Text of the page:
“The problem is a lot of these ponds no longer have working aerators, they’re filling up with sludge at a great rate.
“Basically in summer, when these ponds get drawn down, you’ve got the perfect microclimate for botulism to occur.”
The drought-like weather may have also played a part in the outbreaks, Mr Klee said. “In years like this, when we’ve got long dry spells of weather it’s more likely to occur.”
Te Awamutu farmer Carl Webber has had to pick up dozens of dead birds from his paddocks, which surround the Te Awamutu wastewater treatment plant, this summer.
He said outbreaks happened every year but this year had been a bad one.
“It hasn’t been big, big numbers this year, but it has been consistent. The whole summer birds have been dying.”
He said up to 20 or 30 carcasses could be seen floating in the pond at any one time. “The [Waipa] council has to be more proactive,” he said.
The oxidation pond had been neglected and birds needed to be kept off it, he said.
More rainwater from within the catchment could also be directed into the pond, he said.
Manager of water services at Waipa District Council Lorraine Kendrick said the council was working with Fish & Game to prevent the spread of the disease. The council reported birds that were sick and dead to Fish & Game every fortnight, and dead birds were immediately retrieved and disposed of. “Anywhere there is a pond system you have the potential for this to occur. But at wastewater plants, nutrient levels are higher.”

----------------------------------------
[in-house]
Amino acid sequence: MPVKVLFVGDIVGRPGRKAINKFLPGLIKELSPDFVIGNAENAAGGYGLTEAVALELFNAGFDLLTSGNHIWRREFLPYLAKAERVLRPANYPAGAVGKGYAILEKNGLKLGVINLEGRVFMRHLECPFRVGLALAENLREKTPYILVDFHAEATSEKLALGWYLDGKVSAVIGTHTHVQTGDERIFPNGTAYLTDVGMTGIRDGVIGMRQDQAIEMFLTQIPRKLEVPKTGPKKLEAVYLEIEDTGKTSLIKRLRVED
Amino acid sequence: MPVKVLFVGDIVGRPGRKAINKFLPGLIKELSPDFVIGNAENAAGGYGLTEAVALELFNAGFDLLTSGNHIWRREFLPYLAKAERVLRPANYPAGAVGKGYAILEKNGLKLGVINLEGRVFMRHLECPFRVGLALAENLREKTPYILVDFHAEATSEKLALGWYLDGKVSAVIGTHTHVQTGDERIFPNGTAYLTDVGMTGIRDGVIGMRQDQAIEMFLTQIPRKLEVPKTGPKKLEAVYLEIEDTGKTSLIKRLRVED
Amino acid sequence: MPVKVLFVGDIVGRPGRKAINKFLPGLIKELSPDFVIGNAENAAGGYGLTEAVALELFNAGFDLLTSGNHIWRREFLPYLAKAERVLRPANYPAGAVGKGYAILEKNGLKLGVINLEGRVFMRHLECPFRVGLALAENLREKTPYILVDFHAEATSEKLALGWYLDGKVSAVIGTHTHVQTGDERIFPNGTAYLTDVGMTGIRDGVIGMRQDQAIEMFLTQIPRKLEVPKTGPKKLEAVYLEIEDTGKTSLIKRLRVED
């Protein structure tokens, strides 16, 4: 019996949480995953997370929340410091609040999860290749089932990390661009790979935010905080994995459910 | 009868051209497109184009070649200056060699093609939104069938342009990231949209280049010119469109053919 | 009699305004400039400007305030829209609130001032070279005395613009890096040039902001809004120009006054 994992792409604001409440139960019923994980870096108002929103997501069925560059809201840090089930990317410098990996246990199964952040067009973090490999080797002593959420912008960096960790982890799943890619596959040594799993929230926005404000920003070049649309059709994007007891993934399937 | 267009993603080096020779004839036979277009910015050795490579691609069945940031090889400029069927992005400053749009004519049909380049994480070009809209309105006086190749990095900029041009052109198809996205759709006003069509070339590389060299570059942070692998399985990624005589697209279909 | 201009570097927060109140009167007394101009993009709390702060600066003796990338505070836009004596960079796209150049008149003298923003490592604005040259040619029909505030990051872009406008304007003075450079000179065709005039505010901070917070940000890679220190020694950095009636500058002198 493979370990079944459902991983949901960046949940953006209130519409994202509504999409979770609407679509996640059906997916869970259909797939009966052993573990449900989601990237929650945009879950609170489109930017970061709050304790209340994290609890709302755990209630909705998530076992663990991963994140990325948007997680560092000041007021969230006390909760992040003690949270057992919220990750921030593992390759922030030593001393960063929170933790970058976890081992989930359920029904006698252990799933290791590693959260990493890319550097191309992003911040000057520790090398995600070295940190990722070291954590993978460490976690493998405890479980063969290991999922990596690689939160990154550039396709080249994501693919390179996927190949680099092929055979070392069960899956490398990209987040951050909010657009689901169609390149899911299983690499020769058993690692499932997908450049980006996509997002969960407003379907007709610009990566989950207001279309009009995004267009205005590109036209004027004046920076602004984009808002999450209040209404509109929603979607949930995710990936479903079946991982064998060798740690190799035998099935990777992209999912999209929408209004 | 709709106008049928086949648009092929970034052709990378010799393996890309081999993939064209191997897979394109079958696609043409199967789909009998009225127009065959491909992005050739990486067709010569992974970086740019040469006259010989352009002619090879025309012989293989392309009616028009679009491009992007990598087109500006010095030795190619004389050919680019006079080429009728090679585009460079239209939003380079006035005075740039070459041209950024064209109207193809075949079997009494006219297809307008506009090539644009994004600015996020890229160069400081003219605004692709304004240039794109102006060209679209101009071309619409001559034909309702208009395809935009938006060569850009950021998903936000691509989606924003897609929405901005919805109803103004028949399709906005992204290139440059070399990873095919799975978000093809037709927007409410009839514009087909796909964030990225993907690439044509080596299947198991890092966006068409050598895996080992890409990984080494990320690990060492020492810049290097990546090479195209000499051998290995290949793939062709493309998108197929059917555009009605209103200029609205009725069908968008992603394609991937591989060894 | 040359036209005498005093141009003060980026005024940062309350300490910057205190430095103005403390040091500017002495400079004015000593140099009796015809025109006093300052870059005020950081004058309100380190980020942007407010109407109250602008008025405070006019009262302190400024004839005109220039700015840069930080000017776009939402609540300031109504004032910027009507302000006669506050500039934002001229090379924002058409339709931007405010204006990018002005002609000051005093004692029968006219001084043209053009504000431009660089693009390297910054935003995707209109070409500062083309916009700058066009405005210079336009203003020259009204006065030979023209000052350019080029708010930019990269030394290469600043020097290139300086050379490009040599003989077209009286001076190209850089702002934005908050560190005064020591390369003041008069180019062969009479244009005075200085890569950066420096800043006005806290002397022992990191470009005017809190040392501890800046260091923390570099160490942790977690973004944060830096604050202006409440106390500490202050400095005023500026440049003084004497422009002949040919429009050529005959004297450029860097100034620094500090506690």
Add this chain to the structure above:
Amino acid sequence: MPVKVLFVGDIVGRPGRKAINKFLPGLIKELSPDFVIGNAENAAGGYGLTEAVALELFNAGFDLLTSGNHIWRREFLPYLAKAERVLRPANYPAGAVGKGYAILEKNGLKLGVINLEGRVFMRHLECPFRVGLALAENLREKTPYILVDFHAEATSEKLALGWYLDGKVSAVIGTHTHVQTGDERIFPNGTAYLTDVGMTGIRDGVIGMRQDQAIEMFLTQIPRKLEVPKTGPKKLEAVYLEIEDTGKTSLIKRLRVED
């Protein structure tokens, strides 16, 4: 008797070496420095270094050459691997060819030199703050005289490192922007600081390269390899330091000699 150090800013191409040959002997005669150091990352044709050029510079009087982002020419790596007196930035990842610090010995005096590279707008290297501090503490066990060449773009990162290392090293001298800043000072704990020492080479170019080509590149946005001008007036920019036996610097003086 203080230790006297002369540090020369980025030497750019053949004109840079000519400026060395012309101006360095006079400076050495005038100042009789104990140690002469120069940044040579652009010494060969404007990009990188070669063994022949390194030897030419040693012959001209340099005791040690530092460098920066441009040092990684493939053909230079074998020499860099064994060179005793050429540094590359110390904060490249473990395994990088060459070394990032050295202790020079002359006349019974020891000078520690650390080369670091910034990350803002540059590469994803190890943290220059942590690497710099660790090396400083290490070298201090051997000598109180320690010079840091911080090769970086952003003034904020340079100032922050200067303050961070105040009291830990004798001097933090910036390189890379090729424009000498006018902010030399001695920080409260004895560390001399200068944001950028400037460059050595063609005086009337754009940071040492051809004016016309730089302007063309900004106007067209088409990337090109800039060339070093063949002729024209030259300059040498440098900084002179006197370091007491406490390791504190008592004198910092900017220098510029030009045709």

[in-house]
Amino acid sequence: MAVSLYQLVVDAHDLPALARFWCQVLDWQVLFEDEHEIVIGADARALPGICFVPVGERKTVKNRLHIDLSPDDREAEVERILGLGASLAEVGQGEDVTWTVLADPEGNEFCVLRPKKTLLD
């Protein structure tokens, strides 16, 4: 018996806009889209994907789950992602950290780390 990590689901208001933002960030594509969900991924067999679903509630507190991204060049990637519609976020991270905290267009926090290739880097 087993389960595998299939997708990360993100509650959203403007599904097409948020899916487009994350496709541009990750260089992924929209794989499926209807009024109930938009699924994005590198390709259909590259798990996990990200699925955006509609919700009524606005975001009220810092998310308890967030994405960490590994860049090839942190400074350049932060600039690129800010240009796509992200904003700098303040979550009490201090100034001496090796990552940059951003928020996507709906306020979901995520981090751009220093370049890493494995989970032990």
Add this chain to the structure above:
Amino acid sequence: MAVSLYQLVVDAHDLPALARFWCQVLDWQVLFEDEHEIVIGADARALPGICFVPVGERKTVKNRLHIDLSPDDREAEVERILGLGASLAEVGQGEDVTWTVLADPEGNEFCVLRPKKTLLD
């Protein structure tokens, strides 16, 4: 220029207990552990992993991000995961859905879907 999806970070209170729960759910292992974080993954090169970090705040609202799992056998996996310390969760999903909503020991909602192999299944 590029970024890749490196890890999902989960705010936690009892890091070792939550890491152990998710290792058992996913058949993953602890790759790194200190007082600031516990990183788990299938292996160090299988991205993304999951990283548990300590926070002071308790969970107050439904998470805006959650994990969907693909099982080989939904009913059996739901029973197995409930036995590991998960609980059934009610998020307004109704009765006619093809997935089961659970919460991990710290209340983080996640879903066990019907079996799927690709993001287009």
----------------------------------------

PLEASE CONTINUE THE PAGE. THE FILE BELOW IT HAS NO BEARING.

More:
The council tried to scare birds away from the disused oxidation pond by using a zon gun, which emitted noise, and employed a “shooter” to fire blanks at the site. The council was also looking at whether the pond could be redeveloped, she said.
Klee said the response of district councils has been mixed. “What we’ve found is that in areas where we have management plans in place with councils, we’ve been able to minimise outbreaks.”
About 52,000 fingerling trout were found dead March 14 at Green Spring Trout Farms near Newville, where about 12,000 adult trout died at the beginning of the month, said owner Doug Holt.
“The water has cleared up, and our DO [dissolved oxygen] numbers are slowly returning to normal, but we’re still having a steady pickoff of fish out of each raceway,” Holt said.
Lisa Kasianowitz, spokeswoman for the state Department of Environmental Protection, said Wednesday that the hatchery reported March 13 that “the flows in the spring returned to their normal clear state and dissolved oxygen levels had come back up.”
Holt said he didn’t contact DEP regarding the additional fish deaths after it couldn’t find a reason for the earlier fish kill.
Kasianowitz, upon learning of the additional fish deaths, said she will notify inspectors Thursday morning.